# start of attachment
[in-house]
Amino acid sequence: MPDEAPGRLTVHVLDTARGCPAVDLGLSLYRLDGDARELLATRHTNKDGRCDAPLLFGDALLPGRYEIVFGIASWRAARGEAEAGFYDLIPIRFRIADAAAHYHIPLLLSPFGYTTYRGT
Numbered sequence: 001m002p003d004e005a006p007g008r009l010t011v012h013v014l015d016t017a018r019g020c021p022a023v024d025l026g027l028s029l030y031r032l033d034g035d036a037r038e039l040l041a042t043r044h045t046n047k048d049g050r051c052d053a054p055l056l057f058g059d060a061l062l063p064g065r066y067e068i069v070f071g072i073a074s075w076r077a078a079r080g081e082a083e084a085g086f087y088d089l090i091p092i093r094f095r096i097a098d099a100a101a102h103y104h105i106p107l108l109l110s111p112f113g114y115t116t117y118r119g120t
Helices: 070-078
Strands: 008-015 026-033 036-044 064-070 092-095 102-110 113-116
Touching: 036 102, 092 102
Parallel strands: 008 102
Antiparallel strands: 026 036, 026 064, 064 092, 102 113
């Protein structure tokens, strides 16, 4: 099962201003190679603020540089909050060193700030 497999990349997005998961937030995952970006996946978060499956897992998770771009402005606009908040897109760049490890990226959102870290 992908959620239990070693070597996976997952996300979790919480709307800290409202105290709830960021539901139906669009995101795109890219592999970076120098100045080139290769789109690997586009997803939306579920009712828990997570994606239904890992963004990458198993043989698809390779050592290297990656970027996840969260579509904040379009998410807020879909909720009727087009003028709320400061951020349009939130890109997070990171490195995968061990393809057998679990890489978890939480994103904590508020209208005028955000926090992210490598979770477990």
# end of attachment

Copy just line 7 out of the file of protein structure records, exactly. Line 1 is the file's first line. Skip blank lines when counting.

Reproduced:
Parallel strands: 008 102